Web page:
As part of the Coronavirus Aid, Relief, and Economic Security ("CARES") Act, Section 518 of the Employee Retirement Income Security Act of 1974 ("ERISA") was amended to allow the Department of Labor ("DOL") to extend ERISA-related compliance deadlines in the event of a public health emergency. Through this expanded authority, the DOL issued Notice 2020-01 (to be discussed in a subsequent blog) and, with the Departments of Treasury and Health and Human Services ("HHS"), issued joint regulations requiring that several compliance deadlines be determined without regard to the "Outbreak Period," which began March 1, 2020, and will continue until 60 days after the COVID-19-related public health emergency is formally declared to be over.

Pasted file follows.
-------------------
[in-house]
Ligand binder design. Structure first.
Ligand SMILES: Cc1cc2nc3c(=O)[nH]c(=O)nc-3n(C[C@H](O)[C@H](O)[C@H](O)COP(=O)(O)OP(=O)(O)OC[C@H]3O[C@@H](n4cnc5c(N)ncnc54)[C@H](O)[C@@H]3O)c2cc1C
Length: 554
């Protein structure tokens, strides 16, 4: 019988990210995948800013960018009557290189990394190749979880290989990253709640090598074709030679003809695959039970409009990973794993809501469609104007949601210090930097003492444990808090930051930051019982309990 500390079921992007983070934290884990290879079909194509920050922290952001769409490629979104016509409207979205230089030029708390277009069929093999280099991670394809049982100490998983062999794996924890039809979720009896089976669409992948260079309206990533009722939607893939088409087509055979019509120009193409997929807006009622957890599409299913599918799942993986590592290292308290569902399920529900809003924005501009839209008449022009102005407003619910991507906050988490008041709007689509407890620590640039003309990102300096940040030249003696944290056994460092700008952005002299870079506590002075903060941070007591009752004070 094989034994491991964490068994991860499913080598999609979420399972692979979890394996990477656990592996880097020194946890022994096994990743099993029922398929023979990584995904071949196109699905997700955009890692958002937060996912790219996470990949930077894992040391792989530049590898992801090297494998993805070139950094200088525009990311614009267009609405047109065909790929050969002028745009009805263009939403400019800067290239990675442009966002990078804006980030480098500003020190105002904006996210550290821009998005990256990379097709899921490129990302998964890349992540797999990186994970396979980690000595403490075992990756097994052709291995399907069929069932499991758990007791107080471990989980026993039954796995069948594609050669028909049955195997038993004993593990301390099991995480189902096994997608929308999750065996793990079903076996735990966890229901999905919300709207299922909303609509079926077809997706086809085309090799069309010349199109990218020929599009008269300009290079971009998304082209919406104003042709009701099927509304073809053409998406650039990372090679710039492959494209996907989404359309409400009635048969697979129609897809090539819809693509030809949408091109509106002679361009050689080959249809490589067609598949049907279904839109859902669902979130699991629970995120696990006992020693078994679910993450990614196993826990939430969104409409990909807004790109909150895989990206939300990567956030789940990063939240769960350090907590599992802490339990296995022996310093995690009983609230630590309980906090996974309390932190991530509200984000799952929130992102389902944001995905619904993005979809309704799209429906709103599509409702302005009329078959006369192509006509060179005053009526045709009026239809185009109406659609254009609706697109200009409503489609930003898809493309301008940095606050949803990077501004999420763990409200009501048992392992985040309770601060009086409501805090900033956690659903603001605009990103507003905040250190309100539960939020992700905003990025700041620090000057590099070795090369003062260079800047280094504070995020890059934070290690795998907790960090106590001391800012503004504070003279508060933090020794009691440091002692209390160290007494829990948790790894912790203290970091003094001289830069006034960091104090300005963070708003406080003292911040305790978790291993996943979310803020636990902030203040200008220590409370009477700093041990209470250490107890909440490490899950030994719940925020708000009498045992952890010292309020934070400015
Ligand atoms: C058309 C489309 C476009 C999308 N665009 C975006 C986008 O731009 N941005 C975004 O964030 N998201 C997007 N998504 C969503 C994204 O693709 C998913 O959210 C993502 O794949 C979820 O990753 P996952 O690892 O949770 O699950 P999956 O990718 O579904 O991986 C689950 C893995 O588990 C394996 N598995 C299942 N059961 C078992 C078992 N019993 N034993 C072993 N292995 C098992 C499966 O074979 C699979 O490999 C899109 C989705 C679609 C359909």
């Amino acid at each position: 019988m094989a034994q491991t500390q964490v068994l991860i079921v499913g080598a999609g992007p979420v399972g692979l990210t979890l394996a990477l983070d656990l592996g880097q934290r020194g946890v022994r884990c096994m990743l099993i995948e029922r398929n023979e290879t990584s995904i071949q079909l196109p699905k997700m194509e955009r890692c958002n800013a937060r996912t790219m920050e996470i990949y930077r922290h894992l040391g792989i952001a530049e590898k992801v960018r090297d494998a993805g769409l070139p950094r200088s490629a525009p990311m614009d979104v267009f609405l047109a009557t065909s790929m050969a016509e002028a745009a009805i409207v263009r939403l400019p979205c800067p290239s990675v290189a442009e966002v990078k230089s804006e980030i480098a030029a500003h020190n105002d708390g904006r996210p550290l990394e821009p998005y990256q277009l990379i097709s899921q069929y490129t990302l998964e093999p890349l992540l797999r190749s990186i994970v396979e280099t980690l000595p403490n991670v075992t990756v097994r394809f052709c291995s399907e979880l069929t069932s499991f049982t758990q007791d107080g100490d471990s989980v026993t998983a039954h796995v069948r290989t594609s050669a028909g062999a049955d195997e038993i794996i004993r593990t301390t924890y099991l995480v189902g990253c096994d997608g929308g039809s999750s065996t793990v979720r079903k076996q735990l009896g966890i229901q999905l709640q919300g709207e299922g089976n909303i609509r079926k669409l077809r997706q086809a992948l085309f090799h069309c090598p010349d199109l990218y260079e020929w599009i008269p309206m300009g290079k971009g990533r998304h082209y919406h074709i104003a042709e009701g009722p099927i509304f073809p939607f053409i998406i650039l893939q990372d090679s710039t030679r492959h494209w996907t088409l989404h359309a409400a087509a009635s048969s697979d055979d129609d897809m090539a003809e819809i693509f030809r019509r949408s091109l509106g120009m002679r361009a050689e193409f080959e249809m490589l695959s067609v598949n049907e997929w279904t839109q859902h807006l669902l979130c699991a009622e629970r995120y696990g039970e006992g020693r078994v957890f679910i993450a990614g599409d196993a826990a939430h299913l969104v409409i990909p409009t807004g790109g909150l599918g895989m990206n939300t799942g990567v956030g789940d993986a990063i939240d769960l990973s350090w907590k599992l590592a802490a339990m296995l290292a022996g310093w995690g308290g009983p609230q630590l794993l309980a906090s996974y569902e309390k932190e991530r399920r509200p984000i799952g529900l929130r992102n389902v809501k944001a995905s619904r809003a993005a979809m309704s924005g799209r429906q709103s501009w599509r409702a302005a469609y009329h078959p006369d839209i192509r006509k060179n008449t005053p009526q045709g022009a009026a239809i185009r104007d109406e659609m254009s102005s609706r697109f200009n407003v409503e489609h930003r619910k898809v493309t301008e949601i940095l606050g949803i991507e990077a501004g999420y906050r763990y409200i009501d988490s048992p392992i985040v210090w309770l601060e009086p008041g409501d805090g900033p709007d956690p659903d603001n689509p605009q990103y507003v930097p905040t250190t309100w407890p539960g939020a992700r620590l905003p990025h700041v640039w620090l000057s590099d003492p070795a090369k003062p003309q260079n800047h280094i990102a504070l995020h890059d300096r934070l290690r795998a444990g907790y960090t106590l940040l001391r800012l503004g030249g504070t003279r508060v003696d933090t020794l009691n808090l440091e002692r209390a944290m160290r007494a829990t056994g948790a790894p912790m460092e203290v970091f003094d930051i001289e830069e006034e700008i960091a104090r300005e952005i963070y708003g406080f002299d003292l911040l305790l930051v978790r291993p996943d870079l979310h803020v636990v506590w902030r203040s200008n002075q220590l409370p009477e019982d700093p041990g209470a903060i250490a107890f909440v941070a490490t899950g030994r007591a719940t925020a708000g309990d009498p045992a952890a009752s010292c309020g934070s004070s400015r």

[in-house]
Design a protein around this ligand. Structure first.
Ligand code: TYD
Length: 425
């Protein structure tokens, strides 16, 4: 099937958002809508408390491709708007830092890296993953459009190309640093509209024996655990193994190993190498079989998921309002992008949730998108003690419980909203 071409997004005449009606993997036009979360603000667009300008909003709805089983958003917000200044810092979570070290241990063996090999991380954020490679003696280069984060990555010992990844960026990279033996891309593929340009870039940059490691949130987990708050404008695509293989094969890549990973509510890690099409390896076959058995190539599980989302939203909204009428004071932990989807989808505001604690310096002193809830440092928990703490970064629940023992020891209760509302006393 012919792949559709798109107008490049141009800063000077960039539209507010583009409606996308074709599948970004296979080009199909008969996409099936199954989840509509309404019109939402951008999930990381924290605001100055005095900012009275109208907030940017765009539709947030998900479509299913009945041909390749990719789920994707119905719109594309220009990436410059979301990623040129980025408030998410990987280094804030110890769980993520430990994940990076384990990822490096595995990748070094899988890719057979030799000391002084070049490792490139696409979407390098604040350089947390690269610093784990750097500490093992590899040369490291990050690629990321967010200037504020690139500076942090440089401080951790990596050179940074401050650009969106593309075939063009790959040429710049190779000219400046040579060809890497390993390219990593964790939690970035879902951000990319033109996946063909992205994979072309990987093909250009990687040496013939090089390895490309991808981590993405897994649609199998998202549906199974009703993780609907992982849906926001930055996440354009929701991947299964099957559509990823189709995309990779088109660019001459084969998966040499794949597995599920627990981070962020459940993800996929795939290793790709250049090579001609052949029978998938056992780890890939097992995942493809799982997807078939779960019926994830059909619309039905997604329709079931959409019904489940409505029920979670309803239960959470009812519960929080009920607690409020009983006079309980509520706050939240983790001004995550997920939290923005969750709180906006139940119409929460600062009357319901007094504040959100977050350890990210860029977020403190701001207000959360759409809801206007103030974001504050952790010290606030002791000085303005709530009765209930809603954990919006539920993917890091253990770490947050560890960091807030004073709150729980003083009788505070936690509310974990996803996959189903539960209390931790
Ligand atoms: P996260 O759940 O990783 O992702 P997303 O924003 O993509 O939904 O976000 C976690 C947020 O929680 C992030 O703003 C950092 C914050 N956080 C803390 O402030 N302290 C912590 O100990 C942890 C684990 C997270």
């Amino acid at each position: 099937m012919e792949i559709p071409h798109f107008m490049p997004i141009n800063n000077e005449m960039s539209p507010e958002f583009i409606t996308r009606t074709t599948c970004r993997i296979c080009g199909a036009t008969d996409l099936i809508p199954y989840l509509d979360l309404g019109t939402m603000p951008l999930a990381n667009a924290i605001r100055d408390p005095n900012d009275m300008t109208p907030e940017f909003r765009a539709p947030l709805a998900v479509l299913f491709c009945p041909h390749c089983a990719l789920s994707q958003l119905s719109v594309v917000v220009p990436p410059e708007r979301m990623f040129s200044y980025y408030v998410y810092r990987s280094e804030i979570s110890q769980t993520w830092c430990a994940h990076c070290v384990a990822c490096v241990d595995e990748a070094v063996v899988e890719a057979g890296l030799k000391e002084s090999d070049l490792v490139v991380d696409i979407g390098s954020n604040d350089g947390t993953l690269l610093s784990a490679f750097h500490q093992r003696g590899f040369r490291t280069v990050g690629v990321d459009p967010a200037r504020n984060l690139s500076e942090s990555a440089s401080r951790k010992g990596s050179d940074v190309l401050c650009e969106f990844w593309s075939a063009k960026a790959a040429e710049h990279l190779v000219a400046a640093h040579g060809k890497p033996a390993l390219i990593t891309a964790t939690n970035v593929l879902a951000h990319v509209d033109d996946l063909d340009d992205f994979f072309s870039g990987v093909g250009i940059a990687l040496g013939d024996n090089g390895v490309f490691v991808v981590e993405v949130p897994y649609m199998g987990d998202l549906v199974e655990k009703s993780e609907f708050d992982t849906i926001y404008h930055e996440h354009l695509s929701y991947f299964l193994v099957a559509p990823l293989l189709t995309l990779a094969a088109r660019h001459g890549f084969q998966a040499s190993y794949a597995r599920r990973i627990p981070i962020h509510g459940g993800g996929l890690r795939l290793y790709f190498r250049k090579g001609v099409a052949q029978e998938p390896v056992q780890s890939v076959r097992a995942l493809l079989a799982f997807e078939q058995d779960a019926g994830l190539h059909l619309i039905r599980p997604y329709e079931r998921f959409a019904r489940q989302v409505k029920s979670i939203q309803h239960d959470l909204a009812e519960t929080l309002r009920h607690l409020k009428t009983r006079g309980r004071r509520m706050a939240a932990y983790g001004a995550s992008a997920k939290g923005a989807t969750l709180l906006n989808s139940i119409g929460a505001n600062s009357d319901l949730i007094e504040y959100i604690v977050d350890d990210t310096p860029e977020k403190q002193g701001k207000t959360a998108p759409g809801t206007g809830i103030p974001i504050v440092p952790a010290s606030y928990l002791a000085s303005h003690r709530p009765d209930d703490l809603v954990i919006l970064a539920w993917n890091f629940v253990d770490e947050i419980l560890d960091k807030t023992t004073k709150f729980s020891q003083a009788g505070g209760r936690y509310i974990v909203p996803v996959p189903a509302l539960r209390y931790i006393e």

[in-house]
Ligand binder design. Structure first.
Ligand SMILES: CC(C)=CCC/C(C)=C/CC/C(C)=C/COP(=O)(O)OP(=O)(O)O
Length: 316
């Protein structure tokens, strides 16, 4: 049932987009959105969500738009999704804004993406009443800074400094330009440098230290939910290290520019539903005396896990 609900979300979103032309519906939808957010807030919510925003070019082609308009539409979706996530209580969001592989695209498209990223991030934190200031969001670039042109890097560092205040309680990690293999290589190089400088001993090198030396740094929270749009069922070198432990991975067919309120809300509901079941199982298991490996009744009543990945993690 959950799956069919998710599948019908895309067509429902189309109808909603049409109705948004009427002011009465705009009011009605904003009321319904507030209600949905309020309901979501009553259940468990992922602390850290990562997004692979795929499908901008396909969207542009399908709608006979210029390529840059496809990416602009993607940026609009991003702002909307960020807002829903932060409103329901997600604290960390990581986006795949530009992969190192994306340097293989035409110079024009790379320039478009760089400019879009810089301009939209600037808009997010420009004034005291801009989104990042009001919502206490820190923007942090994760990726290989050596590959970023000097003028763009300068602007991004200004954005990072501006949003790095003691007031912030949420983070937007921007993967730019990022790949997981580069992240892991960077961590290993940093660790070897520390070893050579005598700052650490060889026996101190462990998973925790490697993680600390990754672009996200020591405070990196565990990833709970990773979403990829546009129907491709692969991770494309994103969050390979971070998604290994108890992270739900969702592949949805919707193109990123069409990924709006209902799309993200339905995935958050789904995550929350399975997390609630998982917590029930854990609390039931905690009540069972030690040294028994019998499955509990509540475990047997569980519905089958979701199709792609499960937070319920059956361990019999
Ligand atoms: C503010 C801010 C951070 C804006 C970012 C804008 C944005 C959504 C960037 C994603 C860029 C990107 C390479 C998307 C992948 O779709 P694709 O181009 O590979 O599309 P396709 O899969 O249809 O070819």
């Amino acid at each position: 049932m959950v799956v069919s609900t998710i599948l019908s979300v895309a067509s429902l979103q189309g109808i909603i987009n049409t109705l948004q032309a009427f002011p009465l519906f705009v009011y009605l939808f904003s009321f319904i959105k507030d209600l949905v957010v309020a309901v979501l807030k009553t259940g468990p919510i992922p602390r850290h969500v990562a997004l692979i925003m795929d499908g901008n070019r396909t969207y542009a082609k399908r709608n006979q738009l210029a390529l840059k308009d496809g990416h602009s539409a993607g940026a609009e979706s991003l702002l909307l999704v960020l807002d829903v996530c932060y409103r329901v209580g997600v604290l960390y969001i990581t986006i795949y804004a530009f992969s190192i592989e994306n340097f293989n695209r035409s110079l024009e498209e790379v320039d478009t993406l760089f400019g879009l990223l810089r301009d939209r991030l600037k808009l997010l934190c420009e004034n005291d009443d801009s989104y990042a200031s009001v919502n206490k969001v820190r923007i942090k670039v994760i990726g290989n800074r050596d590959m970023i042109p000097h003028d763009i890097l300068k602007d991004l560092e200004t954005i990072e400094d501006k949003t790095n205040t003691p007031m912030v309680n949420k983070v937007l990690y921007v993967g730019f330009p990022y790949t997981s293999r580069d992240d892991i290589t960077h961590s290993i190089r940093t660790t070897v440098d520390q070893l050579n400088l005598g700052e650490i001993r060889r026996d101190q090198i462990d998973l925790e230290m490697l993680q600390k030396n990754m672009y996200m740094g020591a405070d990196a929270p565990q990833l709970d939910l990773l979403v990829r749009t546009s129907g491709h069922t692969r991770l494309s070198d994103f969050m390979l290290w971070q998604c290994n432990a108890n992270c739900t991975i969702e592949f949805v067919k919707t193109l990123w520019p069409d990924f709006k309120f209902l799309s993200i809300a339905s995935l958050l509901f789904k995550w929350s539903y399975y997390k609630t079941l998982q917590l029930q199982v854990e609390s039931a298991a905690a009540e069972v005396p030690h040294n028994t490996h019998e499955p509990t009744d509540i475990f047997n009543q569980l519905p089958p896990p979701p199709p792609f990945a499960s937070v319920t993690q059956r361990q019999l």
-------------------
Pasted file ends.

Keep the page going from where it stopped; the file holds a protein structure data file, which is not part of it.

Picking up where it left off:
Pursuant to the joint regulations, the Outbreak Period must be disregarded when applying the following ERISA-related compliance deadlines:
|COBRA Employer Notice||The 30-day period for an employer to notify a plan administrator of a qualifying event.|
|COBRA Election Notice||The 14-day period for the plan administrator to provide the COBRA election notice.|
|COBRA Employee Notice of Qualifying Event or Disability Determination|
|COBRA Election Notice|
|COBRA Initial Premium Deadline|
|COBRA Premium Grace Period|
|HIPAA Special Enrollment|
|Internal Claims and Appeals Deadlines|
|External Review Deadlines|
When determining how the Outbreak Period impacts a compliance deadline, employers and plan administrators should carefully consider the facts and circumstances of each situation and consult with benefits counsel as needed. Additionally, although employers and plan administrators were given some relief (e.g., sending COBRA notices), the DOL cautioned that fiduciary principles should be followed. Therefore, plan fiduciaries should act reasonably, prudently, and in the best interests of covered individuals and beneficiaries.